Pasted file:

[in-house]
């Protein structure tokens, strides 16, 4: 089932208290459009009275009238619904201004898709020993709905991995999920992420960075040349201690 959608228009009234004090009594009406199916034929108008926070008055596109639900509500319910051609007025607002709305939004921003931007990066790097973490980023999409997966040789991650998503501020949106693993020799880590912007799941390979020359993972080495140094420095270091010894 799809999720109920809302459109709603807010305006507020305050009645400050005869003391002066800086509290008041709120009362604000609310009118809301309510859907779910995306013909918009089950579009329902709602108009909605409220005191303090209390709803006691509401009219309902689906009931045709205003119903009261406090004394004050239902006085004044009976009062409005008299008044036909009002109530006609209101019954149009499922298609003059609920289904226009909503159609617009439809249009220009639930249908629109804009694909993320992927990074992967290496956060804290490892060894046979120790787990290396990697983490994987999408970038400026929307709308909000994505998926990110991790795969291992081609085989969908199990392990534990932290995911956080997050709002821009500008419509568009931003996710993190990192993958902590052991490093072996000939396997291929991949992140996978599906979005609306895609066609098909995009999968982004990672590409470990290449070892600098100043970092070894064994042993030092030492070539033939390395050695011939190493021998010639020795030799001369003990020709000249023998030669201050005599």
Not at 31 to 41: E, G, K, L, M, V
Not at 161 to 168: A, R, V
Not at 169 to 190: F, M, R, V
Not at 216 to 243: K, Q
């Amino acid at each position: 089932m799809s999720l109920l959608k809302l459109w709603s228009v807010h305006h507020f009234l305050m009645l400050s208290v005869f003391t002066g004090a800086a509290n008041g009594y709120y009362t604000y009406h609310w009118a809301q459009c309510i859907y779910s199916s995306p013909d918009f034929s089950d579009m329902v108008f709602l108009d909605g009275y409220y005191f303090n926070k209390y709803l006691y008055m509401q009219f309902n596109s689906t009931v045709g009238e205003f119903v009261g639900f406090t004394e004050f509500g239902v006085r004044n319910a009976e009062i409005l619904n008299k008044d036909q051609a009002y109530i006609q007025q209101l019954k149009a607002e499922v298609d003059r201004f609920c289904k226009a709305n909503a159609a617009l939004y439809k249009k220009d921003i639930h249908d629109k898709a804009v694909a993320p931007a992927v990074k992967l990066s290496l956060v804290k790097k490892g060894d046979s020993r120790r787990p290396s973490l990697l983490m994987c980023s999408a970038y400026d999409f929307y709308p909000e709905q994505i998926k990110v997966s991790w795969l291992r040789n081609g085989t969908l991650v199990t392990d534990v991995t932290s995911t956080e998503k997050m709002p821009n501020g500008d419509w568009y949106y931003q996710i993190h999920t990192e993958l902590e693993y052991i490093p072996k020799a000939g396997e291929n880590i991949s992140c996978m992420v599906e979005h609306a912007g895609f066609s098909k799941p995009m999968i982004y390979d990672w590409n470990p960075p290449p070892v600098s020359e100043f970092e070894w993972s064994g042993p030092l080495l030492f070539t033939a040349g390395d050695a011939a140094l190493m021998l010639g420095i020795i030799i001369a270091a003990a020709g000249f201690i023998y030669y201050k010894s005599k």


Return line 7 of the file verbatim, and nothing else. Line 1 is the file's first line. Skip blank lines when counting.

């Amino acid at each position: 089932m799809s999720l109920l959608k809302l459109w709603s228009v807010h305006h507020f009234l305050m009645l400050s208290v005869f003391t002066g004090a800086a509290n008041g009594y709120y009362t604000y009406h609310w009118a809301q459009c309510i859907y779910s199916s995306p013909d918009f034929s089950d579009m329902v108008f709602l108009d909605g009275y409220y005191f303090n926070k209390y709803l006691y008055m509401q009219f309902n596109s689906t009931v045709g009238e205003f119903v009261g639900f406090t004394e004050f509500g239902v006085r004044n319910a009976e009062i409005l619904n008299k008044d036909q051609a009002y109530i006609q007025q209101l019954k149009a607002e499922v298609d003059r201004f609920c289904k226009a709305n909503a159609a617009l939004y439809k249009k220009d921003i639930h249908d629109k898709a804009v694909a993320p931007a992927v990074k992967l990066s290496l956060v804290k790097k490892g060894d046979s020993r120790r787990p290396s973490l990697l983490m994987c980023s999408a970038y400026d999409f929307y709308p909000e709905q994505i998926k990110v997966s991790w795969l291992r040789n081609g085989t969908l991650v199990t392990d534990v991995t932290s995911t956080e998503k997050m709002p821009n501020g500008d419509w568009y949106y931003q996710i993190h999920t990192e993958l902590e693993y052991i490093p072996k020799a000939g396997e291929n880590i991949s992140c996978m992420v599906e979005h609306a912007g895609f066609s098909k799941p995009m999968i982004y390979d990672w590409n470990p960075p290449p070892v600098s020359e100043f970092e070894w993972s064994g042993p030092l080495l030492f070539t033939a040349g390395d050695a011939a140094l190493m021998l010639g420095i020795i030799i001369a270091a003990a020709g000249f201690i023998y030669y201050k010894s005599k």